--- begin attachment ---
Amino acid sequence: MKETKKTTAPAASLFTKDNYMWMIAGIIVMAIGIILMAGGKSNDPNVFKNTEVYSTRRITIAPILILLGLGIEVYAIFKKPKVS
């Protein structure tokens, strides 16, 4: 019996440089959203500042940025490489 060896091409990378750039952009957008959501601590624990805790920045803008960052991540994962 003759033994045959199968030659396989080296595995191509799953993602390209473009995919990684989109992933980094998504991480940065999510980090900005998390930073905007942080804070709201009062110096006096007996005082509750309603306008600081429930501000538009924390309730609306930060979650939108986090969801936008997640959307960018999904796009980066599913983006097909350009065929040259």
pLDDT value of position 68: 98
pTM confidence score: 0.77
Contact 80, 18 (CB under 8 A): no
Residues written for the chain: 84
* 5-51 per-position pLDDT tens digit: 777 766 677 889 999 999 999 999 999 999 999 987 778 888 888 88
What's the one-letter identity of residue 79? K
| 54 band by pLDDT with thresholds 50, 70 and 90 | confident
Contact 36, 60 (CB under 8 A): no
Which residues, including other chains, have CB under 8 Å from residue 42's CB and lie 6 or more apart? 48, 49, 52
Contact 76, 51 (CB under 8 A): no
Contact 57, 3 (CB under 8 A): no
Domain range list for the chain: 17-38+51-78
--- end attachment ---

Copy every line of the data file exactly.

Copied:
Amino acid sequence: MKETKKTTAPAASLFTKDNYMWMIAGIIVMAIGIILMAGGKSNDPNVFKNTEVYSTRRITIAPILILLGLGIEVYAIFKKPKVS
């Protein structure tokens, strides 16, 4: 019996440089959203500042940025490489 060896091409990378750039952009957008959501601590624990805790920045803008960052991540994962 003759033994045959199968030659396989080296595995191509799953993602390209473009995919990684989109992933980094998504991480940065999510980090900005998390930073905007942080804070709201009062110096006096007996005082509750309603306008600081429930501000538009924390309730609306930060979650939108986090969801936008997640959307960018999904796009980066599913983006097909350009065929040259």
pLDDT value of position 68: 98
pTM confidence score: 0.77
Contact 80, 18 (CB under 8 A): no
Residues written for the chain: 84
* 5-51 per-position pLDDT tens digit: 777 766 677 889 999 999 999 999 999 999 999 987 778 888 888 88
What's the one-letter identity of residue 79? K
| 54 band by pLDDT with thresholds 50, 70 and 90 | confident
Contact 36, 60 (CB under 8 A): no
Which residues, including other chains, have CB under 8 Å from residue 42's CB and lie 6 or more apart? 48, 49, 52
Contact 76, 51 (CB under 8 A): no
Contact 57, 3 (CB under 8 A): no
Domain range list for the chain: 17-38+51-78